Restructuring and redundancies
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You don’t have to work in strategy to think strategically. In fact, studies confirm that the most valued skill in leaders today is strategic thinking. No matter what industry you work in, uncertainty is a key part of a work environment, so to remain competitive in such a volatile space, the need for forward thinking leaders is essential.
Strategic thinking involves forward looking, with emphasis on long-term goals and identifying ways to achieve those goals. Thinking is strategic when it focuses on a bigger picture, a greater purpose, and a positive plan. We often lose out on future opportunities and possibilities when we fail to think strategically today.
Strategic thinking starts with a goal. On a personal level, it involves identifying and defining the kind of person you want to become within a certain timeframe and setting in motion the actions and mindset that are required to get you there. It involves the uncomfortable process of getting rid of habits, behaviours and attitudes that hold you back, no matter how deep-seated they are.
If this sounds like an impossible mind shift, then start with a strategic planning session.
In the business realm, strategic planning is the process of defining an organisation’s direction or strategy with systematic steps to pursue this strategy and achieve goals. The problem however is that many leaders think their strategic plan needs to be lengthy and complex to qualify as a “good” plan. The truth is your plan needs to be short and simple so that every employee in your business can understand and execute it – one full page can be too long! This could be something you revisit weekly, monthly or yearly, depending on what works best for you.
It is important to kick off a strategic planning session by understanding and articulating your personal values. This helps to ensure you are emotionally invested in the purpose of your business and allows you to align the business goals. This is especially important when you have multiple business owners, making sure you all set out your personal values and purpose in order to ensure they align. You can then move forward in defining a business purpose (mission) and core values for the organisation with personal values in mind. This creates the platform on which the vision and strategy is built on.
Another thing to consider is whether your employees are thinking strategically too, especially if they’re contributing to the goals of your business. In this case, having a strategic plan that everyone in the organisation can read, understand and execute is key. Usually this would be a one-page document with a clear vision and mission statement, complimented by a few critical financial and non-financial objectives that will deliver the company’s success.
An effective strategic planning process gets to the heart and soul of your business. By working through key elements, you can create a coherent plan and present it in a way that immediately creates focus and provides direction to daily activities.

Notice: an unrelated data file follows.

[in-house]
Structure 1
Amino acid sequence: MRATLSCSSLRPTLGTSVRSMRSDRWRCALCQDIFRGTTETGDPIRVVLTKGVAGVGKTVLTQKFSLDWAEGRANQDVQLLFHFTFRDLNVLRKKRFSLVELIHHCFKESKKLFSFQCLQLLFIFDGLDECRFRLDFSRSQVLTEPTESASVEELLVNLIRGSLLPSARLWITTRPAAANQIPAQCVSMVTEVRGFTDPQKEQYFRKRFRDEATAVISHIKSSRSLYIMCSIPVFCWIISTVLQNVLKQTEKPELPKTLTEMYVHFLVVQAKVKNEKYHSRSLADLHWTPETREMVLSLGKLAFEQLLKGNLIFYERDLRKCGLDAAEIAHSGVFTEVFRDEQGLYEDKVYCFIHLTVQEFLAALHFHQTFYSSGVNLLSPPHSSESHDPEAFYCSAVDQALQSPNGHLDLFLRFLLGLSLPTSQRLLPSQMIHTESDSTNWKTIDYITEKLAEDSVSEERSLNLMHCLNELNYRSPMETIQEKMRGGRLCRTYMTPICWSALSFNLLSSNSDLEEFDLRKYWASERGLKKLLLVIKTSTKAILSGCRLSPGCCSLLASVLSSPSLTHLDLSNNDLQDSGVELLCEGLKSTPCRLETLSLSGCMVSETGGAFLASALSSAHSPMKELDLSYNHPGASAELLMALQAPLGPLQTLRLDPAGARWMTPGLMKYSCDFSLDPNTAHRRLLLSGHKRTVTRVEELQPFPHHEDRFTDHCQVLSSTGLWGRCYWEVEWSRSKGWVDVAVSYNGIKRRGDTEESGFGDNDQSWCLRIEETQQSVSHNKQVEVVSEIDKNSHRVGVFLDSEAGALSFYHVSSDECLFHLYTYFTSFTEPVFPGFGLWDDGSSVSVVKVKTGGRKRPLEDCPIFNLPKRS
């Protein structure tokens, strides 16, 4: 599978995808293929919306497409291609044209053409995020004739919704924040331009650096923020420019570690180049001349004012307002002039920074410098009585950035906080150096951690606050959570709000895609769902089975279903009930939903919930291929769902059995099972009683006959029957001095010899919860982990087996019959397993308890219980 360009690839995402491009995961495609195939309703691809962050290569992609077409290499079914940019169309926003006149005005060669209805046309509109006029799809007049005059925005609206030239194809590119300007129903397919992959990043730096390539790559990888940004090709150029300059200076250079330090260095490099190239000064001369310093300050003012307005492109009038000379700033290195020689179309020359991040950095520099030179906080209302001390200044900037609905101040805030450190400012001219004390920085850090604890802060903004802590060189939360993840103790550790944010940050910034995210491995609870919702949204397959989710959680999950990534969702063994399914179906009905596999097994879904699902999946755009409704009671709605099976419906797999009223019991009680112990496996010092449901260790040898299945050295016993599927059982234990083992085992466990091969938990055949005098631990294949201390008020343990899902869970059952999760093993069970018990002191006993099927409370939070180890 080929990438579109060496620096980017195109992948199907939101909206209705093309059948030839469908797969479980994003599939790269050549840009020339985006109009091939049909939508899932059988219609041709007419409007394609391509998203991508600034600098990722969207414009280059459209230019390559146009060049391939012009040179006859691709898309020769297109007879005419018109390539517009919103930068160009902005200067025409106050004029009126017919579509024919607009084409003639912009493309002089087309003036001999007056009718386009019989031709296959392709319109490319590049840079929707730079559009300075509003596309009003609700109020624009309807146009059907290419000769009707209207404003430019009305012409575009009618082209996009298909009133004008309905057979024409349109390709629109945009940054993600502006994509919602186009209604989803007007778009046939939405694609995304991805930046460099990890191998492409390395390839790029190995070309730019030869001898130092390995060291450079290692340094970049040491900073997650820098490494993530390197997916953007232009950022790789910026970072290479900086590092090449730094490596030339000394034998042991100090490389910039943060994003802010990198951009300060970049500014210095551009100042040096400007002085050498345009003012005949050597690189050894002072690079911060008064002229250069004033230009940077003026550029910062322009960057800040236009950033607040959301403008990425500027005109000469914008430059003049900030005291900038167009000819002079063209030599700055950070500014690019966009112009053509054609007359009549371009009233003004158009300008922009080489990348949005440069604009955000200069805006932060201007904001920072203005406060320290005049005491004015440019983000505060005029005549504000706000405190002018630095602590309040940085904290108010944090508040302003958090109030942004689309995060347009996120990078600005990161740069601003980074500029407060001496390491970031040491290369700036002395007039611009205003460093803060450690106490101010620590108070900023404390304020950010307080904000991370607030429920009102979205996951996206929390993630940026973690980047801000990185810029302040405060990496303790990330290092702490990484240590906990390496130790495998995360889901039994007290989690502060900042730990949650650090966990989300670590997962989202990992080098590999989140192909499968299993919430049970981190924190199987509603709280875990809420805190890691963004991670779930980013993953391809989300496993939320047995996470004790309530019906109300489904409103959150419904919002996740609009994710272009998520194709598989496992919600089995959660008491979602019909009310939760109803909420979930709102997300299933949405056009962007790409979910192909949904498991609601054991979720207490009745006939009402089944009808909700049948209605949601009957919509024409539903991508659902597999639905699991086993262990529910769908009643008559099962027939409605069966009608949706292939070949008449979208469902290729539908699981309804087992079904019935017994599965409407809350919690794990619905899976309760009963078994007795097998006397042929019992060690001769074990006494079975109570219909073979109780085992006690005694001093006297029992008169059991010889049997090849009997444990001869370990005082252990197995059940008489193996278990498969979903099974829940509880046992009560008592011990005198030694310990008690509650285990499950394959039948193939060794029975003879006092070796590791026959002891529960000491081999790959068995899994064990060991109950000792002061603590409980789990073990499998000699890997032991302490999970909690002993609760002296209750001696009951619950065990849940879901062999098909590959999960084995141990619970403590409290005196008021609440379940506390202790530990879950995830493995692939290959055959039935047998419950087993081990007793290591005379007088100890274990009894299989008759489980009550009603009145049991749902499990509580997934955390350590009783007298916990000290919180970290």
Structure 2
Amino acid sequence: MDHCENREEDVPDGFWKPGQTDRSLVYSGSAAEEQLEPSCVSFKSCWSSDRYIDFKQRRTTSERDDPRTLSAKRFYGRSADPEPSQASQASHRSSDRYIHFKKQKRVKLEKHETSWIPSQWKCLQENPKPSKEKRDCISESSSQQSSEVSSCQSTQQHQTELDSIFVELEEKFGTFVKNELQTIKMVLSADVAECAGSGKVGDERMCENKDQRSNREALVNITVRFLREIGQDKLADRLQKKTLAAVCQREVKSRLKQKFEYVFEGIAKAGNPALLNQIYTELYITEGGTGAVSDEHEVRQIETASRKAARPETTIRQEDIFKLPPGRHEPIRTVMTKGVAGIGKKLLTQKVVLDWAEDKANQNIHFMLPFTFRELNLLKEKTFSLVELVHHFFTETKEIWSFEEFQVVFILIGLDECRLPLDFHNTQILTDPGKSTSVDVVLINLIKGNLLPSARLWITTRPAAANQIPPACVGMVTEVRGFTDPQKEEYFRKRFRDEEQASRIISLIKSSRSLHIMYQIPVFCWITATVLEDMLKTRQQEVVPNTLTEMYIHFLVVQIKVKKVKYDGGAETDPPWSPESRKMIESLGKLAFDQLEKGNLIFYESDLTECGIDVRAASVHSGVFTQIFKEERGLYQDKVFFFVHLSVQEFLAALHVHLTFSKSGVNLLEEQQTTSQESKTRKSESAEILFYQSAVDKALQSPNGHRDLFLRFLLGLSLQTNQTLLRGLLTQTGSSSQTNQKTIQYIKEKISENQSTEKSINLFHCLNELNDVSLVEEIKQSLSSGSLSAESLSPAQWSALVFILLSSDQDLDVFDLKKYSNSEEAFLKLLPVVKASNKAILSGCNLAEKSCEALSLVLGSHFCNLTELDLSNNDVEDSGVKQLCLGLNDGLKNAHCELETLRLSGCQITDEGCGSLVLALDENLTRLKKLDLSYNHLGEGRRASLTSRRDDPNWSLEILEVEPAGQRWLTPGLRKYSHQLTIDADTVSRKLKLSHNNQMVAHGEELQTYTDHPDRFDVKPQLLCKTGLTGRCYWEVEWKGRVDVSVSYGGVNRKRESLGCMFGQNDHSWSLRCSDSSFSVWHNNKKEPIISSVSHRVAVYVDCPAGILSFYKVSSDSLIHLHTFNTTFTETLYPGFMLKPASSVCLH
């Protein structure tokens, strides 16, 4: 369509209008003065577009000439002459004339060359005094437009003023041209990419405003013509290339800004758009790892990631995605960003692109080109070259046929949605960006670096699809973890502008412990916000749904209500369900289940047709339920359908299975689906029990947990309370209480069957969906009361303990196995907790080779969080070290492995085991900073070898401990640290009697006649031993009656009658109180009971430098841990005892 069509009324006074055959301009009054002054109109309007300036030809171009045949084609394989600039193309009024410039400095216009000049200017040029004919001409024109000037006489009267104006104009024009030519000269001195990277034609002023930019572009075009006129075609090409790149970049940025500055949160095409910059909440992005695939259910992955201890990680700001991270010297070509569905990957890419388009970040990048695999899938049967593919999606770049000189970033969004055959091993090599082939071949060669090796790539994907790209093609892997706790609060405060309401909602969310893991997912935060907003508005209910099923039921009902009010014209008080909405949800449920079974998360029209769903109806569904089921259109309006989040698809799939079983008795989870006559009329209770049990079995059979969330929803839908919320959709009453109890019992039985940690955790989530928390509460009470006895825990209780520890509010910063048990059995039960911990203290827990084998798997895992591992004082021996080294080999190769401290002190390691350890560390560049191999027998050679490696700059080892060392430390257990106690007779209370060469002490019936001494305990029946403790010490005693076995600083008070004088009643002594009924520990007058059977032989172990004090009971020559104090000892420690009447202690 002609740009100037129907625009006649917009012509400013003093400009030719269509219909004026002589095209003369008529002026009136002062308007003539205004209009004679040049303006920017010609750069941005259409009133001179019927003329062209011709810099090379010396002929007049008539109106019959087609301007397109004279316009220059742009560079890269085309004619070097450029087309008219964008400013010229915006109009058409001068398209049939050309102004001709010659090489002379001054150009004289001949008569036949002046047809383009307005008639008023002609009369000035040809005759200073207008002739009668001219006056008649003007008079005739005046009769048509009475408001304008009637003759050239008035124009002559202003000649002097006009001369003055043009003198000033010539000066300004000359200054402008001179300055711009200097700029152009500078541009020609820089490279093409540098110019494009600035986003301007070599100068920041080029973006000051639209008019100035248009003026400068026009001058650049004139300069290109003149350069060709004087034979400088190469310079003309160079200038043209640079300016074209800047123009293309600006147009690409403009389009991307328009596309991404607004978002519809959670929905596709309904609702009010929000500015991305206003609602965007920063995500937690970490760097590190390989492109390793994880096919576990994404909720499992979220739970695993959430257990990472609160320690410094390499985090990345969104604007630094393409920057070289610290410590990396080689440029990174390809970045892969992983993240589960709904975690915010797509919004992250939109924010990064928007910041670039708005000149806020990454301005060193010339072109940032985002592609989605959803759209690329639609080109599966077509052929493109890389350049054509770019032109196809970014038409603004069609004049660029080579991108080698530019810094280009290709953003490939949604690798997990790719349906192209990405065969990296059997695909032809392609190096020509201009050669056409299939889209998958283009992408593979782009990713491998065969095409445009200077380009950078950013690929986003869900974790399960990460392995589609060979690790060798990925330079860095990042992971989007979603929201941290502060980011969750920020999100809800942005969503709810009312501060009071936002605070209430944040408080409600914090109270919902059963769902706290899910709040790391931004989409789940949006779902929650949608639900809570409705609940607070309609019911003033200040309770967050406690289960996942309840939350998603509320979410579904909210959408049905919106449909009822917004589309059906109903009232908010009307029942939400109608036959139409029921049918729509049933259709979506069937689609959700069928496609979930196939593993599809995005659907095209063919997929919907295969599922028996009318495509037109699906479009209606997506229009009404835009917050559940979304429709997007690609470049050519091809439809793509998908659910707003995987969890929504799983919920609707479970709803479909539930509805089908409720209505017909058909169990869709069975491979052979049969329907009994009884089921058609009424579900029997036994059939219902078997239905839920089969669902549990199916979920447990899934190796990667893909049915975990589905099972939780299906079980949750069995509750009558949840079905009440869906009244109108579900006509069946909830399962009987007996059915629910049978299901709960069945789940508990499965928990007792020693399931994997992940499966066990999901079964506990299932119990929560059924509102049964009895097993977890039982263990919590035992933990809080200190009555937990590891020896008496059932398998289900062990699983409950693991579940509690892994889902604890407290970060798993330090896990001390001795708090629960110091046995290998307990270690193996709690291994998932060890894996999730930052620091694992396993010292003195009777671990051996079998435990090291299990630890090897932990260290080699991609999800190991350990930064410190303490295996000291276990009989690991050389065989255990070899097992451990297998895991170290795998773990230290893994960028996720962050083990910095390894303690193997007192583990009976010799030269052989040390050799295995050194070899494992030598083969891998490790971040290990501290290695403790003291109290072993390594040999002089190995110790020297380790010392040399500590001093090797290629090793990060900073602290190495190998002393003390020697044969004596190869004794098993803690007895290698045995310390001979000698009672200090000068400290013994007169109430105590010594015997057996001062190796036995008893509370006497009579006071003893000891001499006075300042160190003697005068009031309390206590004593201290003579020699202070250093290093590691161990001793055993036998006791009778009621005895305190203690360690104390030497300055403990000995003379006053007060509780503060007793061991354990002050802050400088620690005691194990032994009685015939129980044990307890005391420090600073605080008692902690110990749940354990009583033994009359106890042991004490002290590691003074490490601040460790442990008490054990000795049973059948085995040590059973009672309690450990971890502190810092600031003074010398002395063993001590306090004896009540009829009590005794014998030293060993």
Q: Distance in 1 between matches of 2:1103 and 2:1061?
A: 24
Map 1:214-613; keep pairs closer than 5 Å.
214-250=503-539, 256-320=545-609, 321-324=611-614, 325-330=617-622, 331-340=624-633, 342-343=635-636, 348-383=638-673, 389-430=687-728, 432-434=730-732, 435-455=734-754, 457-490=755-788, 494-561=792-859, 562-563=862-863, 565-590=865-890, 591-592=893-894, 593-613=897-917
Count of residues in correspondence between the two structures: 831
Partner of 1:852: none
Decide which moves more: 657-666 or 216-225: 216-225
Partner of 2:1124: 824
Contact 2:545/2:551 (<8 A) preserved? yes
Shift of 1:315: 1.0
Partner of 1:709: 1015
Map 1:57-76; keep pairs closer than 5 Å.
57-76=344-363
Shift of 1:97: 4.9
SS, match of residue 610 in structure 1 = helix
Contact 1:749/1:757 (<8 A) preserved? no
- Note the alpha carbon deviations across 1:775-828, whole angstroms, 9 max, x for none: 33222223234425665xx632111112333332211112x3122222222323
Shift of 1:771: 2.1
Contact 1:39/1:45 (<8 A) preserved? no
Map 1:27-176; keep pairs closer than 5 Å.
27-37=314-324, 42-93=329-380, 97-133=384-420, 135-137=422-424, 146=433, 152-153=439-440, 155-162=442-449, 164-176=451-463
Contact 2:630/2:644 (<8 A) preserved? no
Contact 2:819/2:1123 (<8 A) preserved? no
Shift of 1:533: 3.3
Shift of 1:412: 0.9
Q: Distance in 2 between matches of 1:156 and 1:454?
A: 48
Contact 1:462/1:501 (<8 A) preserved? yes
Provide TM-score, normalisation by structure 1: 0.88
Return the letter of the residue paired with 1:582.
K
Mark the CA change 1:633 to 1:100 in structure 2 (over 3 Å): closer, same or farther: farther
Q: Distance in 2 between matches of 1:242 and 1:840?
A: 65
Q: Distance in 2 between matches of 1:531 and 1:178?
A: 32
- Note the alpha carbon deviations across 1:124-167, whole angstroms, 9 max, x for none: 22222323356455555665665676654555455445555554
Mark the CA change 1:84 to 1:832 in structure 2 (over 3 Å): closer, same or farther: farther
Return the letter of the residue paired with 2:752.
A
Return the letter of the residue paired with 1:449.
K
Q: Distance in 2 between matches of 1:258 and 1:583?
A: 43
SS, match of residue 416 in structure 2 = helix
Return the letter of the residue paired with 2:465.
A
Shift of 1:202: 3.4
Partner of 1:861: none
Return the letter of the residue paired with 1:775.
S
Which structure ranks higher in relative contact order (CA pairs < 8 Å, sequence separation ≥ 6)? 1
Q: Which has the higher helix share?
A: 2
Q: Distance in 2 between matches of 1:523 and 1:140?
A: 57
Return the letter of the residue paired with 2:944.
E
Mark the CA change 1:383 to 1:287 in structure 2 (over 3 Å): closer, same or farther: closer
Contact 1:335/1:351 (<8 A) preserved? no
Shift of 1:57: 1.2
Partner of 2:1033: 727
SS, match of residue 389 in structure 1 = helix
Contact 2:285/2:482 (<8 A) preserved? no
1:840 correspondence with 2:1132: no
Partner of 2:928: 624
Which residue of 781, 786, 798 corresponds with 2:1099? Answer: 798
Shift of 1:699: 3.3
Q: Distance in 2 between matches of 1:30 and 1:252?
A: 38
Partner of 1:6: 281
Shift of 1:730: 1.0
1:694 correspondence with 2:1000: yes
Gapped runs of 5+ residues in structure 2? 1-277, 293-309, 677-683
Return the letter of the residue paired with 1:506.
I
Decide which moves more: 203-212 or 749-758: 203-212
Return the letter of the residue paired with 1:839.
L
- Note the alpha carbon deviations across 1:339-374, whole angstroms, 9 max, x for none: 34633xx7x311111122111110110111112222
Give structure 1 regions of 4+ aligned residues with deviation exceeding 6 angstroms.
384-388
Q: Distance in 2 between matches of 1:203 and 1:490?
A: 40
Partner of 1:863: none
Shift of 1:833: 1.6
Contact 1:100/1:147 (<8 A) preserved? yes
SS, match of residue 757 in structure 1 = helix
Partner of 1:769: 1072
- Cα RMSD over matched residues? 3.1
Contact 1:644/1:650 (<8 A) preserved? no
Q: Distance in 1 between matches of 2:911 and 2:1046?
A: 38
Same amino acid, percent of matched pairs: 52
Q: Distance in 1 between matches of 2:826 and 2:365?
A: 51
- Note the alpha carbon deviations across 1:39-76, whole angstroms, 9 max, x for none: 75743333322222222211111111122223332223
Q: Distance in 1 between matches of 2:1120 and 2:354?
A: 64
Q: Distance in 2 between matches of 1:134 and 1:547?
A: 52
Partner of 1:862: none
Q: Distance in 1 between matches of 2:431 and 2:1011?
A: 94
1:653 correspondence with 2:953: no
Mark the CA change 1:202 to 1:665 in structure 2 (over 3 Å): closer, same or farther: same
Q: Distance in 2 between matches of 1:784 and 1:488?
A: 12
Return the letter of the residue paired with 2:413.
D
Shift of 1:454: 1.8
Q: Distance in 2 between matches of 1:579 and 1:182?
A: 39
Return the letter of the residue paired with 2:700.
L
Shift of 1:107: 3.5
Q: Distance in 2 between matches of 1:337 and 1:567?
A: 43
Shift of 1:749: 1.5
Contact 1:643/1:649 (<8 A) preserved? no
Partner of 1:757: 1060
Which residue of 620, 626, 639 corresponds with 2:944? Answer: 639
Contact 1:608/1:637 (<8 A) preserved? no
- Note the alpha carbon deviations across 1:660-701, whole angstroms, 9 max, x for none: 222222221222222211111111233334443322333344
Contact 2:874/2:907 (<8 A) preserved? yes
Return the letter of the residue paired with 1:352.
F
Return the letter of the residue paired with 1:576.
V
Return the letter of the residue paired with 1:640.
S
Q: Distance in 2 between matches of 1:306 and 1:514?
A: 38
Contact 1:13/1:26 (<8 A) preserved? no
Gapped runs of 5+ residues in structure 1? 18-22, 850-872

There are 7 basic elements of a strategic plan:
This should describe the purpose as to why your business exists. Care should be taken as not to make the statement generic; it should really articulate the company’s purpose, goal, product or services offered and its primary customers or market.
A vision statement can also be called an ambition statement, as it articulates the way you see the future of your business. The declaration of the organisations objectives serves as a guide for internal decision making.
It is essential to have alignment of personal values to set the corporate values for the organisation. The core values are the fundamental beliefs upon which your business and its behaviour are based. It “sets the tone at the top” and guides the external and internal affairs of the company.
It is important to fully understand both internal and external factors that affect your business. This will require a critical analysis of your operating environment. A thorough understanding will allow you to identify your clear advantages and focus on those to be successful.
Identify your unique capabilities, differentiating factors and understand how to use these to your advantage to achieve long-term goals.
Having a clear understanding of the key drivers of your business will make resource allocation and performance management more effective. Focus on the key drivers that will have the most impact on your business when managed properly.
Goals describe how you plan to achieve the vision you set out and aligns with the mission statement. Long-term goals are broken down into one-year objectives that will push you forward to achieve the forward-looking vision.
Yearly objectives are further broken down into short-term goals, defined by tangible action plans over the next three months to push you to the yearly goals.
Each objective should be SMART; Specific, Measurable, Achievable, Realistic and Time-based.
A strategic plan should have clear activities assigned to individual employees with intended outcomes to provide clear direction and immediate focus areas to achieve goals and objectives.
There is no point in developing a strategic plan if you don’t communicate and implement it successfully.
A critical success factor for implementing your strategic plan is putting processes in place to deliver the plan and regularly monitor, manage and review the plan to ensure it is agile enough to adapt to ever changing circumstances.
By thinking and living strategically today, we define what the successes of tomorrow could look like, no matter how that success is defined.
DISCLAIMER No liability is assumed by Baker Tilly Staples Rodway for any losses suffered by any person relying directly or indirectly upon any article within this website. It is recommended that you consult your advisor before acting on this information.